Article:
Trump's rejection of the deal in October opened a 60-day window for Congress to restore sanctions under a 2015 law. Rather than take that road, lawmakers began to work on legislation that would address parts of the deal the Trump administration opposes.

Ball in Senate's court

That effort by Congress is the main reason Trump won't kill the deal, according to Eurasia Group. The campaign is being led by Sens. Bob Corker, R-Tenn., and Ben Cardin, D-Md., the top lawmakers on the Senate Foreign Relations Committee, as well as Republican Iran hawk Sen. Tom Cotton of Arkansas.

"Over the next few months, this bill has a decent chance, even though getting Cotton and Cardin together on anything will be tough," Eurasia Group Chairman Cliff Kupchan said in a briefing.

Right now, the plan has not advanced much beyond the framework Corker introduced in October. Corker confirmed last week that no legislation is imminent.

It's also uncertain Democrats will accept a pillar of Corker's outline: making the Iran nuclear deal essentially permanent. That would be unacceptable to Iran and faces significant opposition from the other parties to the deal.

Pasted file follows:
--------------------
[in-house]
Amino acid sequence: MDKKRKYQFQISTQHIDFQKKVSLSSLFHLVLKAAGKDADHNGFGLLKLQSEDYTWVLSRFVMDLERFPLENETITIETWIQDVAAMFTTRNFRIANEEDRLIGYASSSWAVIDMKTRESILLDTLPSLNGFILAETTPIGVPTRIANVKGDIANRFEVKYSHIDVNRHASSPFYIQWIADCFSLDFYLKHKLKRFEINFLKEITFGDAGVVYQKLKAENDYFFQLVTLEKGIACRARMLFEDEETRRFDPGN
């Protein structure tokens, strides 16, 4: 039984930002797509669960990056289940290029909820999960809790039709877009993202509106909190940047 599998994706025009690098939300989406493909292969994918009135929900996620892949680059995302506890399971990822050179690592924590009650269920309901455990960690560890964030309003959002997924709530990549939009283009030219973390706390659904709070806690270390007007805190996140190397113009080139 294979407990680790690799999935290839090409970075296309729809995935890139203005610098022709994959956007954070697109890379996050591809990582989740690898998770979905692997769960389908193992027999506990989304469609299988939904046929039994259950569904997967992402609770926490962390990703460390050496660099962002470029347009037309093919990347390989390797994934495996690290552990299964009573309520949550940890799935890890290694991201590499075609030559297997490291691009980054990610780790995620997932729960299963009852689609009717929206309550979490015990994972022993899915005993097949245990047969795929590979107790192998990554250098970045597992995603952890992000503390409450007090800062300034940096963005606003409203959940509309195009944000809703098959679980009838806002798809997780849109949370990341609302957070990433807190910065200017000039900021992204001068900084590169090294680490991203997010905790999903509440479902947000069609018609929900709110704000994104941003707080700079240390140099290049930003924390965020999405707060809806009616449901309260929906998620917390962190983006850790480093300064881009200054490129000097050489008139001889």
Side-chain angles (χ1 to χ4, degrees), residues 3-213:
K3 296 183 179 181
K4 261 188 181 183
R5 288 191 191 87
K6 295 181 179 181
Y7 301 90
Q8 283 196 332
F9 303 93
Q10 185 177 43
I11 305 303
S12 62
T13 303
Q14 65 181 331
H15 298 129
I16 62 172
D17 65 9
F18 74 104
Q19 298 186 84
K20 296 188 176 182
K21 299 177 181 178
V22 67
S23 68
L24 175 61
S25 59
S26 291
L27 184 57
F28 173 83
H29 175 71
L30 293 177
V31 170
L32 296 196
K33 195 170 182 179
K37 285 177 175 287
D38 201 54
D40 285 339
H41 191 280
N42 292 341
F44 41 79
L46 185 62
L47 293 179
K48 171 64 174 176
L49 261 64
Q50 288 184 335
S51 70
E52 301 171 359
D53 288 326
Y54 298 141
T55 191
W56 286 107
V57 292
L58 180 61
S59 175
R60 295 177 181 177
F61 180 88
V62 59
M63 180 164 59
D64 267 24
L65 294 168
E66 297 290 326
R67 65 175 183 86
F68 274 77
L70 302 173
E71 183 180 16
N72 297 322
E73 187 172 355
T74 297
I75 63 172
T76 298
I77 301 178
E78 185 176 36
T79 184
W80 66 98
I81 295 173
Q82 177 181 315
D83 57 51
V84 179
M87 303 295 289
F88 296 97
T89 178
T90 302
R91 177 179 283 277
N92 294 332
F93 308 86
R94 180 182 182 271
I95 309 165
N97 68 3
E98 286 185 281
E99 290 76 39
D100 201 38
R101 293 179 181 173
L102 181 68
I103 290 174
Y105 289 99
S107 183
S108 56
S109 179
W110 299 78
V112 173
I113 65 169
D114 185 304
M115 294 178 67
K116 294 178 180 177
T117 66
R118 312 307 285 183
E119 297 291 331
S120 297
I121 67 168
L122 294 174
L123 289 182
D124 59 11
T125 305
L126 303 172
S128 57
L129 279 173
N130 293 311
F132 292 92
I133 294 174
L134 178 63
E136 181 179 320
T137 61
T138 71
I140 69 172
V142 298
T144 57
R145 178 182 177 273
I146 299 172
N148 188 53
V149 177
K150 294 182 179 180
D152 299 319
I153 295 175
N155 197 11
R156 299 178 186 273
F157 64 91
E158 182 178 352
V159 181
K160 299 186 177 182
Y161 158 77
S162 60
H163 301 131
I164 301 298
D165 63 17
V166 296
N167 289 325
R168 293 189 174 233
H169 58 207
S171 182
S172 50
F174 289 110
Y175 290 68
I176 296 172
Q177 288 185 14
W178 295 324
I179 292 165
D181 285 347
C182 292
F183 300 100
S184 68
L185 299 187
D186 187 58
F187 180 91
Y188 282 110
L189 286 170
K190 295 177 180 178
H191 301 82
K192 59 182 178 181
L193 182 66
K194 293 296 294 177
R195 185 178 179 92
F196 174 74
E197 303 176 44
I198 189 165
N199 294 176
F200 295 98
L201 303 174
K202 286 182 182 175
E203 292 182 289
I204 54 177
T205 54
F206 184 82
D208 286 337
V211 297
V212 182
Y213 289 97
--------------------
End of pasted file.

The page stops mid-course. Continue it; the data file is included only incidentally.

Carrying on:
Trump: We cannot and will not certify Iran nuclear deal

Republicans are opposed to the deal in part because the limits that it places on Iran's uranium enrichment and access to equipment are scheduled to expire. Corker's outline calls for eliminating these so-called "sunset provisions" and automatically restoring sanctions if Iran comes within one year of being able to make a nuclear weapon.

Richard Nephew, the lead sanctions expert for the U.S. team that negotiated the nuclear deal, also believes Trump will waive the sanctions this week, but says it's possible he will give senators a deadline, perhaps until the end of the year, to deliver a legislative option.

"From a market perspective, such a redline would continue to chill investment in Iran and reduce Iran's incentive to continue to abide by the terms of the" deal, he said in a briefing for Columbia University's Center on Global Energy Policy, where he is now a senior research scholar.

"There may be energy market implications, though probably not in terms of immediate Iranian oil and gas supply," he said.